It seems like the trapdoor spider has made its way into the news quite a bit lately. However, learning is never frowned upon, and it can be super great to learn about what came before the homosapiens that we know and have become today. This trapdoor spider is unlike any that has been discovered before, and that on its own is pretty exciting.
Australian Trapdoor Spider History
The historically large Australian trapdoor spider fossil is that of a brush-footed trapdoor spider. Not only is it large, but it is the LARGEST Australian trapdoor spider on record. That’s quite an amazing feat since Australia is the largest spider capital of the world. The general population of the world need not be too afraid this time.
The massive spider fossil may be the largest trapdoor spider in Australia at five times the regular size, but the little spider is still very small at only two inches big, including its legspan. This is roughly the size of the common house spiders we are familiar with in the US and UK.
This smallish spider remained underground for almost its entire life unless it were male. In that case, the brave male, once mature, would go out into the wild and unforgiving land in search of a breeding partner, who would be found underground. That willing female could easily end the courting male’s life before or after mating. Any type of male spider does not often live very long.
Meet the Miocene Trapdoor Spider Megamonodontium mccluskyi
A team of Australian researchers led by the Australian Museum and paleontologist Dr. Matthew McCurry of the University of New South Wales tackled the fossil at McGraths Flat, NSW. The McGraths Flat is a prestigious area known by many to be a fossil mecca center. The popularity lies in the type of rock located in the flat. The goethite is a soil mineral that helps form ores, soil, and sediments. It is also part of the makeup of iron rust. The mineral is the most thermodynamically stable iron oxide. This fossil was sandwiched between two slabs and gave the scientists an amazing fossil. The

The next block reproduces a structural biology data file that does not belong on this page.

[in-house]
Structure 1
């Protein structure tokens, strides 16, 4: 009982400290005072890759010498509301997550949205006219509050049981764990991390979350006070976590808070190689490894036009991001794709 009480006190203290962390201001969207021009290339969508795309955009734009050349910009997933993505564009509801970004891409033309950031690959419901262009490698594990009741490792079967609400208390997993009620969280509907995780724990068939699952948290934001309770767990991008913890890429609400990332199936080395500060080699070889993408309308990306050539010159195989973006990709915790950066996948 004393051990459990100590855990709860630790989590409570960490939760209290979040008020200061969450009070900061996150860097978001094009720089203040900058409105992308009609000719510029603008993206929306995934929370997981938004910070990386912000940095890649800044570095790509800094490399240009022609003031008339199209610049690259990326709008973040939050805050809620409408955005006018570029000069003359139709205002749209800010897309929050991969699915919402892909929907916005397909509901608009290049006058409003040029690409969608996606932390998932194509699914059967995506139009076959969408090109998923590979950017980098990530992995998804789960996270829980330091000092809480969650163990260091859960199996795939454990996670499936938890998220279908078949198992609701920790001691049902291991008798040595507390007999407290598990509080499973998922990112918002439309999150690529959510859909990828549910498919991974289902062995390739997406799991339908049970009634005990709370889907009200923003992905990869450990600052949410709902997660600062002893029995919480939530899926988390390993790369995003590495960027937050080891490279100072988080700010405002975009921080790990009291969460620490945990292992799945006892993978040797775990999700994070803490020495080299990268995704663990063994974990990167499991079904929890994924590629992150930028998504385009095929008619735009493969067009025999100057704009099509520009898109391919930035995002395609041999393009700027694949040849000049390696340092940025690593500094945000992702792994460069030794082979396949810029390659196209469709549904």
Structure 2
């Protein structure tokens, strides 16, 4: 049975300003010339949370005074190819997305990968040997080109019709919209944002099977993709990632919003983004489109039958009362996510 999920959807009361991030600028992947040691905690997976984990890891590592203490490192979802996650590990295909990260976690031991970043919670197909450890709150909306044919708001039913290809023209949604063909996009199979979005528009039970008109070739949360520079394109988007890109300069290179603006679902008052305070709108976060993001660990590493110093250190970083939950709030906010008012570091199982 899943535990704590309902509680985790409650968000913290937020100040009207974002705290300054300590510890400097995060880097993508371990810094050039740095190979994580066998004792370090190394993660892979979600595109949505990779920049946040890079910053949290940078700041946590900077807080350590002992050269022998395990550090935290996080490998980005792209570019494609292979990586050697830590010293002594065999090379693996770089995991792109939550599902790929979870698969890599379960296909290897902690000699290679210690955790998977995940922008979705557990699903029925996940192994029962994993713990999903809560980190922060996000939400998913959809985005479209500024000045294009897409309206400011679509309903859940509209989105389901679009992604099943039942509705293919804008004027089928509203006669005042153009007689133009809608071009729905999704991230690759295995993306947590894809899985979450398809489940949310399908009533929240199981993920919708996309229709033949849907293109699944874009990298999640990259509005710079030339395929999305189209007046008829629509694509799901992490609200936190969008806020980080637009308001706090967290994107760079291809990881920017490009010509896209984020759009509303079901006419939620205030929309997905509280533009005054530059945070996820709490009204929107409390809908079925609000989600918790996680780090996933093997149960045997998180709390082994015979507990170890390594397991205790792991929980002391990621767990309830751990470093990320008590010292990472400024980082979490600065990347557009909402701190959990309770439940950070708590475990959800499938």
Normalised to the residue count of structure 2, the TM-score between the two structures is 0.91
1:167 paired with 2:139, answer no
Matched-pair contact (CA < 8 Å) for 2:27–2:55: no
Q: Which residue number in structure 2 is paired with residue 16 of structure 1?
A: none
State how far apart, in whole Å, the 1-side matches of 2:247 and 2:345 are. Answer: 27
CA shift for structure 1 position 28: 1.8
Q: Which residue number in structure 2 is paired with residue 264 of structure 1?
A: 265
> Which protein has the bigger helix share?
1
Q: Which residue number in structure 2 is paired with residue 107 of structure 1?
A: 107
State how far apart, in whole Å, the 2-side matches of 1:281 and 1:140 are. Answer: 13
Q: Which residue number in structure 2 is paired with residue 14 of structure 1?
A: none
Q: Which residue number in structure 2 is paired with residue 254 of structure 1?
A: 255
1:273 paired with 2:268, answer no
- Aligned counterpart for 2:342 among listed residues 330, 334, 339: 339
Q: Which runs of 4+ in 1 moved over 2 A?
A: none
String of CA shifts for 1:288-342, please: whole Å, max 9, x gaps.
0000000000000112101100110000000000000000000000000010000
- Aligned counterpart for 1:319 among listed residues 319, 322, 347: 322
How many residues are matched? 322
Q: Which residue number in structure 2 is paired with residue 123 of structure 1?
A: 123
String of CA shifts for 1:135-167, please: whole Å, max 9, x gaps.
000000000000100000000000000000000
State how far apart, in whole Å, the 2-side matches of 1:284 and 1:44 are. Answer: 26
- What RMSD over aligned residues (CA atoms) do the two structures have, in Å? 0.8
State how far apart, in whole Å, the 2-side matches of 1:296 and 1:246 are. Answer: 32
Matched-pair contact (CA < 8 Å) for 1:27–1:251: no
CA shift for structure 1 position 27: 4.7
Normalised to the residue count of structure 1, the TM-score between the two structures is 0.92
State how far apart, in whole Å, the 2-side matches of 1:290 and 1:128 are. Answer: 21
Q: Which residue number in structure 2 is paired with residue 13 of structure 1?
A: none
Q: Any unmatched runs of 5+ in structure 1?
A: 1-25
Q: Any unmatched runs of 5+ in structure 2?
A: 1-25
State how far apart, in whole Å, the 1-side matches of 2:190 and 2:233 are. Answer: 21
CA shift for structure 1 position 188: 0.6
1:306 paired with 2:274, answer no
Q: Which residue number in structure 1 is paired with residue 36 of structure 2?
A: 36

Dr McCurry said that there have been very few fossil spiders found in Australia, which makes the discovery very significant.
“Only four spider fossils have ever been found throughout the whole continent, which has made it difficult for scientists to understand their evolutionary history. That is why this discovery is so significant; it reveals new information about the extinction of spiders and fills a gap in our understanding of the past.”
“The closest living relative of this fossil now lives in wet forests in Singapore through to Papua New Guinea. This suggests that the group once occupied similar environments in mainland Australia but have subsequently gone extinct as Australia became more arid.”
“Scanning electron microscopy allowed us to study minute details of the claws and setae on the spider’s pedipalps, legs, and the main body. Setae are hair-like structures that can have a range of functions. They can sense chemicals and vibrations, defend the spider against attackers, and even make sounds.”
The First Brush-Footed Trapdoor Spider Fossil Found in the World
The Megamonodontium mccluskyi spider is the fourth spider fossil to be found in Australia and has been officially noted in the Zoological Journal of the Linnean Society. The name of the fossilized spider was named for the person who first found it, Dr Simon McClusky. This fossil just happens to belong to the Barychelidae family, which covers the large brush-footed trapdoor spiders and is the first of its kind ever to be found.
The fossil is dated 11 – 16 million years ago to the Miocene epoch. During this time, the temperature was much like it is today. Australia was a lush jungle filled with an abundance of flora and fauna and was comparable to the Amazon rainforest. The fossil spider’s body size is 23.1 millimeters (.90 inches) which makes it the second largest spider fossil ever found.
Some Other Facts About Trapdoor Spiders
- A female trapdoor spider from Australia named Number 16 lived for 43 years in the wild. She was monitored by scientists before succumbing to what they thought was a parasitic wasp. She lived with her mother for 12 years in her burrow before moving into her burrow.
- Not all trapdoor spiders have a burrow with a trapdoor.
- Female trapdoor spiders spend almost their entire lives inside of their burrows.
- Trapdoor spiders make up the largest suborder of Mygalomorphae, which is the order that tarantulas also belong to.
- Not all trapdoor spiders dig tunnels. Some climb into trees and use a funneled leaf as their tunnel home.
- To ensure the tunnel does not cave in, the spiders use mucus-covered mud balls and silk to line the walls.
- When an insect touches the edge of the silk strands coming from the tunnel, the spider will shoot out and grab the insect while quickly retreating back down the tunnel.
- If the insect the spider has caught isn’t an especially tasty one, they will let it go.
- When the males are trying to find a female to mate with, they taste the strands of webbing outside her burrow and then wait for her to come out to see what she’s caught.
The photo featured at the top of this post is © RealityImages/Shutterstock.com
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